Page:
in miniature

What started out as an exciting collaboration between Rolls-Royce, Breast Cancer Care UK and some of the biggest names in contemporary art has blossomed into an extraordinary collection of one-off art pieces. Created to raise funds at the Breast Cancer Care UK auction, 12 artists transformed a model of Ghost into their own miniature masterpiece.


Inspiring, thought-provoking – and sometimes off the wall – the Breast Cancer Care UK auction pieces showcase the inner workings of some of the most revered contemporary artists. With a 1:18 scale replica of the iconic Rolls-Royce Ghost as their blank canvas, Sam Taylor-Johnson, Gavin Turk and Mark Wallinger are among the artists who created a collection of truly unique expressions.

As a project with no real restrictions, some artists consciously projected their own distinct style on to the model motor car. British-Nigerian Turner Prize nominee Yinka Shonibare covered his in a mosaic of Dutch wax batik fabrics: “The mosaic is an extension of the customary way I work with African textiles. It’s formed the identity of my practice for a number of years.”

London-based Natasha Law, best known for works that straddle both art and fashion, created a continuation of a piece she’s working on outside of this project. Law punctuated her pure white Ghost with a few mysterious shapes that are in fact clothes removed by an absent, ghost-like figure.

Canadian painter Andrew Salgado incorporated his model into his daily practice: “I used mine as the locus of possibility where I mixed, scraped, wiped, abandoned and scooped paint. Over time, it became a continuation of me and my work.” The result? A glorious muck of paint that unintentionally gives Ghost a textured armour of colour.


An approach common to three of the artists was to use the miniature Ghosts to celebrate Rolls-Royce as a brand. JJ Adams’ Outta Time 2015 reinterprets the time-travelling motor car in Back to the Future II: “to celebrate Rolls-Royce’s past, present and futuristic design”. In the film, Marty and Doc travel to the year 2015 where motor cars can hover and fly. Adams reinterprets the fictitious vehicle to add a cult-film element to his Ghost.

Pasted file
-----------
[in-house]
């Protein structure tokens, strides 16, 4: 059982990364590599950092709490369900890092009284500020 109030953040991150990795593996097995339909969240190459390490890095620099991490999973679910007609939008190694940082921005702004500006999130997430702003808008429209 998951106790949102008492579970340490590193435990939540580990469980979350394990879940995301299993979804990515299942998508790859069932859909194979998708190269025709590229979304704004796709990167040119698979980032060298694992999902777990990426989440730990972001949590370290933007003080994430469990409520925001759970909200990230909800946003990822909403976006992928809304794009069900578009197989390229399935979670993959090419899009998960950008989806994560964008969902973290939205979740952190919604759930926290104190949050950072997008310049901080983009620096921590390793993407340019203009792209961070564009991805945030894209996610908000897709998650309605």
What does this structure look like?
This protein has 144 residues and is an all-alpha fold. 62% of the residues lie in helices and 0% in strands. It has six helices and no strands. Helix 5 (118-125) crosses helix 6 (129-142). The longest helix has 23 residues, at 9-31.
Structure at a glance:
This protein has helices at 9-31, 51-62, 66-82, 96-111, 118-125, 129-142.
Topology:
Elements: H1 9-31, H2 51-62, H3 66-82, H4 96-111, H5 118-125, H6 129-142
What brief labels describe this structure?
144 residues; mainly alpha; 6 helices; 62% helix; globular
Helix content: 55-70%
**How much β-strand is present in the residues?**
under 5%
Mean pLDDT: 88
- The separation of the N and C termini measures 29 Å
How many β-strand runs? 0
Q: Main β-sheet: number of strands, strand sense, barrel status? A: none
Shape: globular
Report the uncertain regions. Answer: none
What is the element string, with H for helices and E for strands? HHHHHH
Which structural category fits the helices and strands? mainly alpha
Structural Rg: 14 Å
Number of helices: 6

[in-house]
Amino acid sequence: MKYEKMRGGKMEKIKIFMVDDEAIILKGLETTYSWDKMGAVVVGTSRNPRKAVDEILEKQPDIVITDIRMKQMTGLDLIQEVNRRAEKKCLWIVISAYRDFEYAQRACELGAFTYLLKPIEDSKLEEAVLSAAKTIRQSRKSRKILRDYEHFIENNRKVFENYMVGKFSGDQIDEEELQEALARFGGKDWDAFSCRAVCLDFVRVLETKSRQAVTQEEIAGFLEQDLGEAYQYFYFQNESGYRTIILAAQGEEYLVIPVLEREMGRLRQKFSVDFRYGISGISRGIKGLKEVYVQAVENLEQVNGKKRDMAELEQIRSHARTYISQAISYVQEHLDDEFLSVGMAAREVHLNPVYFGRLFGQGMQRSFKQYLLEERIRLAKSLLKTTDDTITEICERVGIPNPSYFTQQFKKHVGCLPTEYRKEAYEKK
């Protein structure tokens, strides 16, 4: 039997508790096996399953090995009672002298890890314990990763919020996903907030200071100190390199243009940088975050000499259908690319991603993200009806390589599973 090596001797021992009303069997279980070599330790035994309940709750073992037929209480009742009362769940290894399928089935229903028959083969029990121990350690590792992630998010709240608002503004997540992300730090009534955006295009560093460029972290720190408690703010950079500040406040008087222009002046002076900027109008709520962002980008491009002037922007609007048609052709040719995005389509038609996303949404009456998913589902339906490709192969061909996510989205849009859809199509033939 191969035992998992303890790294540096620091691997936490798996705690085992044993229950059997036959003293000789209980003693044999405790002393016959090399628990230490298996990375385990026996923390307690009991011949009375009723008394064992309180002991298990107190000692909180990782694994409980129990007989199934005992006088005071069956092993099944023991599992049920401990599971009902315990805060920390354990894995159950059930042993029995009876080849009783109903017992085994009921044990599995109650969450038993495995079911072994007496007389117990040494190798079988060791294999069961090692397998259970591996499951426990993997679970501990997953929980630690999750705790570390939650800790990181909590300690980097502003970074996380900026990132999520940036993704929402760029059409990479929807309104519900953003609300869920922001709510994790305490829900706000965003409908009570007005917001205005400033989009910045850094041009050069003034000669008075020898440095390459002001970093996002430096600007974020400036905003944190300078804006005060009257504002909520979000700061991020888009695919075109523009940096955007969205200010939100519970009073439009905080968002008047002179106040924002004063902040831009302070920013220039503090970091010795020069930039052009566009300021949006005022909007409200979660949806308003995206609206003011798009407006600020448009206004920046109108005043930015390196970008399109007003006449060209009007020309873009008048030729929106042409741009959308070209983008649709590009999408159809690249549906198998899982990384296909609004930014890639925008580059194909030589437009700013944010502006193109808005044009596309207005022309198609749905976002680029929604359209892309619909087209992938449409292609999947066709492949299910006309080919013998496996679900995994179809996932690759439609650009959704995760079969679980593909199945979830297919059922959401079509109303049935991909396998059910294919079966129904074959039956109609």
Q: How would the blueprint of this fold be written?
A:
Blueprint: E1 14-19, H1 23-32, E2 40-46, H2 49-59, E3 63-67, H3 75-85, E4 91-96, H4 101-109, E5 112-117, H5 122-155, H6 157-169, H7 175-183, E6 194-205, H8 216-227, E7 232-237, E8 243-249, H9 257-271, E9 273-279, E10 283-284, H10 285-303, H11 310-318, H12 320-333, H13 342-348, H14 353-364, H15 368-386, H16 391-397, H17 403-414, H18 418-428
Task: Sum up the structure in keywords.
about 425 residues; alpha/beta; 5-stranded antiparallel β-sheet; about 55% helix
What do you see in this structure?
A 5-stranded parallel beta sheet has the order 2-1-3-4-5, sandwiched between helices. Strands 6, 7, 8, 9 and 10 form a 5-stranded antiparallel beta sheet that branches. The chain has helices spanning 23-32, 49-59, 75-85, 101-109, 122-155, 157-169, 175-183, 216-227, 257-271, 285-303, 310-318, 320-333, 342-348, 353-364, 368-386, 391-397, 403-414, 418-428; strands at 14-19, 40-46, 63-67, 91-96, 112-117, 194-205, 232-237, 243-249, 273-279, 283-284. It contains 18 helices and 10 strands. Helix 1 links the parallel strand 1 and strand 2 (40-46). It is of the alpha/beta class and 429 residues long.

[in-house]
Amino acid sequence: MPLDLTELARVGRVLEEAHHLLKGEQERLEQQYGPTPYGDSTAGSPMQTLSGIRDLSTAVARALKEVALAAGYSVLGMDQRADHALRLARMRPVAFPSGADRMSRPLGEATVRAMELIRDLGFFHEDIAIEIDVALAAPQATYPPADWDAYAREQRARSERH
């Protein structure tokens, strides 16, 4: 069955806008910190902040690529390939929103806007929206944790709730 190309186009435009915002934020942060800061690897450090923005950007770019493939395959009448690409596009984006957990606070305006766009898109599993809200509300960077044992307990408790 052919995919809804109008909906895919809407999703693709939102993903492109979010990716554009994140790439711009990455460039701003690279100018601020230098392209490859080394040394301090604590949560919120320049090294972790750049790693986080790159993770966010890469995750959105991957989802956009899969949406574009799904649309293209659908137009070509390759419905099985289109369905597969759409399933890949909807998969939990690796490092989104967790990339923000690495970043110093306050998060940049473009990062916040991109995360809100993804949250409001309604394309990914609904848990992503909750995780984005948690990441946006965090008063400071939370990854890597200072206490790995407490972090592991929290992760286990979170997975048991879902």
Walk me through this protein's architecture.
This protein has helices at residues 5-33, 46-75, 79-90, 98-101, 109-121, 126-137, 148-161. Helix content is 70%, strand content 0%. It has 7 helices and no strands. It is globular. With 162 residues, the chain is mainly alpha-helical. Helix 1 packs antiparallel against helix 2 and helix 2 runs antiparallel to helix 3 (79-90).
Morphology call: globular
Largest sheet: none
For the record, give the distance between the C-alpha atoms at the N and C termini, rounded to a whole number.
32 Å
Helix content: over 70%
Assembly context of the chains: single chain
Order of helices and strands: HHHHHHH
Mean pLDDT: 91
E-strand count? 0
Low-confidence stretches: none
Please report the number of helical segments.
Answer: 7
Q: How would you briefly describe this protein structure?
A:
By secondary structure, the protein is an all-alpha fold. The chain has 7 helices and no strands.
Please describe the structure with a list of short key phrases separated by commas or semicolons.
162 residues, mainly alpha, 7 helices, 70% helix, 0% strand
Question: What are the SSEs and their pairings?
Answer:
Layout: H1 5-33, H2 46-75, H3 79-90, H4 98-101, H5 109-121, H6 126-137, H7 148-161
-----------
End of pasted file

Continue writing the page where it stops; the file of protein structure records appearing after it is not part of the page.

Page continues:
Maggi Hambling takes the iconic Spirit of Ecstasy and revives her as a symbol of hope: “The prestigious Rolls-Royce leading lady may well be interpreted as a powerful angel of endurance and perfection. But in my sculpture, she’s a conquering force, emerging triumphantly out of the depths.”

Also paying tribute to unrivalled Rolls-Royce automotive designs, Angela Palmer worked with detailed cross-sections of Ghost supplied by the Design team. Palmer created a three-dimensional ‘drawing’ of the motor car by engraving multiple sheets of glass and encasing them in a transparent chamber.

Mark Wallinger draws parallels between the literal definition of ‘ghost’ and what it means to Rolls-Royce. By placing his model – the latest Ghost – in a frosted glass vitrine, Wallinger creates a misty outline of a motor car that harks back to the original ground-breaking Ghost.

One artist chose to feature their Ghost as part of a scene. British sculptor Gavin Turk inserted his miniature Rolls-Royce into a setting where nature has reclaimed control over civilisation. The model finds itself cloaked in moss and playing host to a colony of toadstools.


Richard Wentworth, whose work is all to do with language, muses on the mystery behind the word ‘vehicle’. Unlike ‘car’ – derived from ‘chariot’ – the linguistic roots of vehicle are more ambivalent. Entitled Phantasmagoria, Wentworth’s piece sees the model Ghost engulfed in a wire cage and bound to a stack of open dictionaries.

Stuart Semple’s Little Ghost offers a contemporary take on the classic ghost-in-a-sheet cartoon character. Using modelling resin, Semple creates the effect of the model being dipped in white paint and frozen in time. The drawn-on animated eyes add an element of fun, while the dripping paint represents something deeper: the subtle veil between the imagined and real.

The one remaining artist, Charming Baker, creates a poignant piece that refers to the statistics of breast cancer: “I read that one in eight women in the UK are diagnosed with breast cancer in their lifetime. So I set the model Ghost in the middle of a clear block of resin. I then drilled into the block 16 times. Fourteen of the holes pass through the clear set resin, while only two pass through the resin and the model car.”

After a hugely successful private auction at the Royal Automobile Club in London, all 12 art cars were sold to raise funds for Breast Cancer Care UK.


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